By Phyllis Zorn, Staff Writer
Enid News and Eagle
ENID, Okla. —
David Russell is a man who appreciates a kiss from a charming young lady.
When auctioneer Cody Joliff promised bidders at the pie auction during Family Farm Day at the Cherokee Strip Regional Heritage Center that the single young woman who held an apple pie up to be sold, probably would give a kiss to the buyer, Russell decided that prospect was dandy.
Russell bid $40 on the pie Cailey Henderson held up for bidders to see.
As Henderson brought the pie to hand it over to Russell, he smiled and told her, “I want the kiss.”
Henderson gave him a kiss on the cheek.
“The selling point was the kiss that went with it,” Russell said.
The most expensive pie was a pecan pie bought for $120 from Andy Martin.
Over 200 people came to the museum Saturday to learn about family farms and how the world of agriculture looked during earlier days.
Children shelled corn with a hand-cranked machine, shook jars of cream to turn it into butter, learned to make corn-husk dolls, watched small pigs feast on grain and goats grazing grass, watched chickes strutting and pecking in a pen, and learned about planting vegetables and wheat.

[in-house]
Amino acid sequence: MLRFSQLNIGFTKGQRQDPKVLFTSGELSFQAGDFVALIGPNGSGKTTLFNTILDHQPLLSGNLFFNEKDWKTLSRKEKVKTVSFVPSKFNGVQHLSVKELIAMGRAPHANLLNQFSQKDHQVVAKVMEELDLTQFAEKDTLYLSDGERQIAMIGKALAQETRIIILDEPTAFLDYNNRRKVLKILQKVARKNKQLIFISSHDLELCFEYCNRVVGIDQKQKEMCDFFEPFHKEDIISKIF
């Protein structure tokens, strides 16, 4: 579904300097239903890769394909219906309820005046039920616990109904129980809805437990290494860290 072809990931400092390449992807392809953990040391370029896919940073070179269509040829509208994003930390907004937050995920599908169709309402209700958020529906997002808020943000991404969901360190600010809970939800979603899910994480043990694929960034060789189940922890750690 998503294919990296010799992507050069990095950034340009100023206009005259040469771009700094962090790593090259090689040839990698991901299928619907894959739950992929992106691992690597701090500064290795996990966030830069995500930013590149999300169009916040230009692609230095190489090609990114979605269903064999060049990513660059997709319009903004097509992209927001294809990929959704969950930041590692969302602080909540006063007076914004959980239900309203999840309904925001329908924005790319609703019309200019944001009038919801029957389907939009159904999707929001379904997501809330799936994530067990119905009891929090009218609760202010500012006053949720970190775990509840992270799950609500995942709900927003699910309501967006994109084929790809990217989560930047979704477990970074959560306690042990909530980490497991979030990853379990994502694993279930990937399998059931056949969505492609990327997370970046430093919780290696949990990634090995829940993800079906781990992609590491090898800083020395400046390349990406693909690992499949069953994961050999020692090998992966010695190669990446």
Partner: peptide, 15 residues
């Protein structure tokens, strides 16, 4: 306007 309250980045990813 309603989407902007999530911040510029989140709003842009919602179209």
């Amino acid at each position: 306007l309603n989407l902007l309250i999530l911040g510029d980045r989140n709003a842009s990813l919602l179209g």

Children got to decorate pumpkins, gluing on ribbon and using markers to draw faces.
Volunteer Sheila Green held up a milking machine attachment and asked a girl, “Do you know what this is?”
The girl shook her head.
“This is what Braum’s uses to milk their cows,” Green said. “They hook it up to the cow and get all the milk and they put it in this milk carton, and you go get it at the Braum’s store.”
On the porch of the Glidewll House, volunteers Sandy Clark and Lori Carroll dressed in turn-of-the-century costume and dipped apples for a never-ending line of sparkly-eyed children.
Inside the Glidewell House, children made “quilts” by gluing fabric scraps onto paper.